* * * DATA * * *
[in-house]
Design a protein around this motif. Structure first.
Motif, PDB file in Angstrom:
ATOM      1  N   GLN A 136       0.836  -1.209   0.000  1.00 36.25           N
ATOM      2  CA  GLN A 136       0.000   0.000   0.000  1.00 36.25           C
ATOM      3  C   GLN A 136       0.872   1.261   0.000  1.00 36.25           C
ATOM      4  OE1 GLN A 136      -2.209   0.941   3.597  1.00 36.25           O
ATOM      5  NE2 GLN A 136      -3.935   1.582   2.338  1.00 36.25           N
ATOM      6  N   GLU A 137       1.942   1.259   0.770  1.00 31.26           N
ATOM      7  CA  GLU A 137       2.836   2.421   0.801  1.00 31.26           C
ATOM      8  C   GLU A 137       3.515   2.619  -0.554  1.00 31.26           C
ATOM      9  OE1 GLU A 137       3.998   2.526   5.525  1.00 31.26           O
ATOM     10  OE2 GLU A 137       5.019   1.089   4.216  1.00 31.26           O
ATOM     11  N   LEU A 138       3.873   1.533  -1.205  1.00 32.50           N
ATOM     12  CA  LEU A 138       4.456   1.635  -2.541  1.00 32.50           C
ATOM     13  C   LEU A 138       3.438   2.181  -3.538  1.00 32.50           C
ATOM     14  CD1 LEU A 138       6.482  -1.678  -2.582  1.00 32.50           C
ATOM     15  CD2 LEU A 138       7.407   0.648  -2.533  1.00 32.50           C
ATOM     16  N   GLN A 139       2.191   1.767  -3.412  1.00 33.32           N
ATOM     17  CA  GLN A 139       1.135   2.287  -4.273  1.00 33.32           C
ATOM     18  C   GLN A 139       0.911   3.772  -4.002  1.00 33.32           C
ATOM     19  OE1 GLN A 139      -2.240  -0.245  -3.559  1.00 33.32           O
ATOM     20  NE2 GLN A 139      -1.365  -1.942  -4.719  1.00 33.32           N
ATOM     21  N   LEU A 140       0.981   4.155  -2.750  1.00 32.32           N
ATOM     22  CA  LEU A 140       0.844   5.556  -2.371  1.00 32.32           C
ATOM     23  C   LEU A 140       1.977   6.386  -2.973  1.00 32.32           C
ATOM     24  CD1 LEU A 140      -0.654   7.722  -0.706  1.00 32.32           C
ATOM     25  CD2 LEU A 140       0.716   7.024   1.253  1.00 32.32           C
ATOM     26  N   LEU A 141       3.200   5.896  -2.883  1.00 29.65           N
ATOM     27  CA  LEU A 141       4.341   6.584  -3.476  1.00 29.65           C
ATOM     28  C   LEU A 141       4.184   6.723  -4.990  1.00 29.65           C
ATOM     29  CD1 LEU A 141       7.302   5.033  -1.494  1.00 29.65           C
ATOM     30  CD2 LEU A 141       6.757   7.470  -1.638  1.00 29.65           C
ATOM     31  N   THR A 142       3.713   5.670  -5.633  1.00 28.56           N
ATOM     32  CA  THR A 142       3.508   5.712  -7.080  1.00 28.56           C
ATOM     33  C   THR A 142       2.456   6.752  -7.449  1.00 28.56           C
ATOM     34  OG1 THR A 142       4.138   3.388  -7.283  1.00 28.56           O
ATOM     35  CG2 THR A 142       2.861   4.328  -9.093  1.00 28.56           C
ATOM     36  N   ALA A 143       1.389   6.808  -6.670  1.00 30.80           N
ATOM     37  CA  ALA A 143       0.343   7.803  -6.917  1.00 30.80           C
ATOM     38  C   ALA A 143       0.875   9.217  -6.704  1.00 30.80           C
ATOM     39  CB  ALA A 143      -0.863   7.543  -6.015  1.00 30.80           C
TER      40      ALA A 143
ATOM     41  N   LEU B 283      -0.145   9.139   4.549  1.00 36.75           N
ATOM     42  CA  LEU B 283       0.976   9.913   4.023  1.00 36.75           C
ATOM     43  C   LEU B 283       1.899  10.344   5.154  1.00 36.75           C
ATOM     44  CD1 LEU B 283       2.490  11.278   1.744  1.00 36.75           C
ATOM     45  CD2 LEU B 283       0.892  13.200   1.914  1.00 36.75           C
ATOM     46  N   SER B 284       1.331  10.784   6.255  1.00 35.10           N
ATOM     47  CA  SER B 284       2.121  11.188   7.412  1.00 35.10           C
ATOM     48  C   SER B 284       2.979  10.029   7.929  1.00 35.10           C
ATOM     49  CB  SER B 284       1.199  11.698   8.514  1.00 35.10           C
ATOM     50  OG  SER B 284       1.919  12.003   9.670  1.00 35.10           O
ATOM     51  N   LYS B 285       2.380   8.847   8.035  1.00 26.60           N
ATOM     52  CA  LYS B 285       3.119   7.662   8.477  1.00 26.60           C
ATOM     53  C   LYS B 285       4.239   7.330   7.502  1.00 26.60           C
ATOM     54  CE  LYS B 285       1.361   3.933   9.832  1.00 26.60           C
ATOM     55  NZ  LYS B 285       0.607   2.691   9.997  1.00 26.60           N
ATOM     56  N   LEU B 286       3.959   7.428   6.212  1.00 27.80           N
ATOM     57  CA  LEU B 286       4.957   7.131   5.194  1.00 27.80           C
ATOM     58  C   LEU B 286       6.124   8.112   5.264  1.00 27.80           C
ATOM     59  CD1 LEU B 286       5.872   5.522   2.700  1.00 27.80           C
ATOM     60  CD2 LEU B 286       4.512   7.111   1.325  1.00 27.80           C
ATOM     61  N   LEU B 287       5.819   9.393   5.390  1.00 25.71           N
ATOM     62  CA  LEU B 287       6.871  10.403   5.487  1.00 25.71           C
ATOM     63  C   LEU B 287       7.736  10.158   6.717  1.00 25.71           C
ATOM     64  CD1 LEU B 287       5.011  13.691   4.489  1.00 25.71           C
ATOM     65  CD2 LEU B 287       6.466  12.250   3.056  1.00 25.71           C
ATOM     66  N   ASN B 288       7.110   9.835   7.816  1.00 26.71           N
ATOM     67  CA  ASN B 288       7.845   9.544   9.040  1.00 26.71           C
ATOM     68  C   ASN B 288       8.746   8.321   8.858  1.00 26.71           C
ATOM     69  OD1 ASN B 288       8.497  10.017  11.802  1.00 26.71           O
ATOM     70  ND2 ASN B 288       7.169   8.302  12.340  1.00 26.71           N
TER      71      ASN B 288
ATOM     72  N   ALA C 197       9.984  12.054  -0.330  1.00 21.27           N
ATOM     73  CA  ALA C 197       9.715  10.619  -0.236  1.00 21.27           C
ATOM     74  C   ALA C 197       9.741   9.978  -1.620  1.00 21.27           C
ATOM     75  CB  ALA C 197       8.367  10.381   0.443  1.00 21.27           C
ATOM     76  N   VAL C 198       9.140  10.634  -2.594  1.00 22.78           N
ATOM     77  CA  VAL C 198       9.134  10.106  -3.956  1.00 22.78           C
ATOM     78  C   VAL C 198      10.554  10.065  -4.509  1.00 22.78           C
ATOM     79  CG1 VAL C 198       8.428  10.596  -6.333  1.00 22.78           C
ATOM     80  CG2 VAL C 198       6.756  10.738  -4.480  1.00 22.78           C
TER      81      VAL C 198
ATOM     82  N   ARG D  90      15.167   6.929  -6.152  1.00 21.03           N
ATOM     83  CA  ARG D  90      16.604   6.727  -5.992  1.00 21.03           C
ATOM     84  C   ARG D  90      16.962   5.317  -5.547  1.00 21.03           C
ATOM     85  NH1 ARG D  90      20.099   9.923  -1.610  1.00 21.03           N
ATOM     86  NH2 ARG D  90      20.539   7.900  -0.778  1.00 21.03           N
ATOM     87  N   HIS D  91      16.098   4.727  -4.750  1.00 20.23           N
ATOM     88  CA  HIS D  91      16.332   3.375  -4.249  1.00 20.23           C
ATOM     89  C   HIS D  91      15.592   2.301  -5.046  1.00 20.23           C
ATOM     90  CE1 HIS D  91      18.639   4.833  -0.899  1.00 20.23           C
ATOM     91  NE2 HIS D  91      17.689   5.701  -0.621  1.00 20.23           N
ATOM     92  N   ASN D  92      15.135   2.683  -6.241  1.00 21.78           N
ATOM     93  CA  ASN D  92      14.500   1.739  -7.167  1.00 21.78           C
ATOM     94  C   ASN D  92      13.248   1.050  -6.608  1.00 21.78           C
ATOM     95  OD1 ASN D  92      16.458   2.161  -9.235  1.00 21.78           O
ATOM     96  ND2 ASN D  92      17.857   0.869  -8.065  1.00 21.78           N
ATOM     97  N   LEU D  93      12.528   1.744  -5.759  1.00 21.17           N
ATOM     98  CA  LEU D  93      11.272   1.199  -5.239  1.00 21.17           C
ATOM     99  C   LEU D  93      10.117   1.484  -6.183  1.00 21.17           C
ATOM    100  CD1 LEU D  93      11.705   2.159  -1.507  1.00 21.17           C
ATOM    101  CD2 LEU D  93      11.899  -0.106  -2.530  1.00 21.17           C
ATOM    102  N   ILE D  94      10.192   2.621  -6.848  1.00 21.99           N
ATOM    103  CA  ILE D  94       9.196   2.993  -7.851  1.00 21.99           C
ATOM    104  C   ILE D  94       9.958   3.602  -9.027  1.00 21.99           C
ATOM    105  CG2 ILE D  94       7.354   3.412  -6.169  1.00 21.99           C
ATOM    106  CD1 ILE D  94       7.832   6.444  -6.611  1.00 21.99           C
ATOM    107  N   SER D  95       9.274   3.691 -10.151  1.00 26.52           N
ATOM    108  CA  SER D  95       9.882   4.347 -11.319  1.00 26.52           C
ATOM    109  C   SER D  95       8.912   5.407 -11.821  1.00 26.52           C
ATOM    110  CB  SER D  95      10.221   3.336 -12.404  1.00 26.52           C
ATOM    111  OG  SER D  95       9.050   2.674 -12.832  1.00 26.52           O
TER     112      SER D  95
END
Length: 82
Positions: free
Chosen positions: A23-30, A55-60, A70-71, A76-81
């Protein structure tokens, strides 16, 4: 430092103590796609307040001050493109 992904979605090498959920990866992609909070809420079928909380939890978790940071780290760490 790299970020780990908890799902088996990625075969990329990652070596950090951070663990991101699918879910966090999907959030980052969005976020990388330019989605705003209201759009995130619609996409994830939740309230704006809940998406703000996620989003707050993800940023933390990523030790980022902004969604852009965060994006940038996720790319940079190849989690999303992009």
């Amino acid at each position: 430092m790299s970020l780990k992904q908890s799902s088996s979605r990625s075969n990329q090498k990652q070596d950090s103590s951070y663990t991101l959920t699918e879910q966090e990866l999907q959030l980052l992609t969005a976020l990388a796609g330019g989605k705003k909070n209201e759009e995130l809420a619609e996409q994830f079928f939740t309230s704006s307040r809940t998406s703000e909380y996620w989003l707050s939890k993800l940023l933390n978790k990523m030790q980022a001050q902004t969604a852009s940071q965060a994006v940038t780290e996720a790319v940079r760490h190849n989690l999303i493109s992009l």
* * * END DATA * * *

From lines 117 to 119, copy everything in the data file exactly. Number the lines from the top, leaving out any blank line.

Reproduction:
Length: 82
Positions: free
Chosen positions: A23-30, A55-60, A70-71, A76-81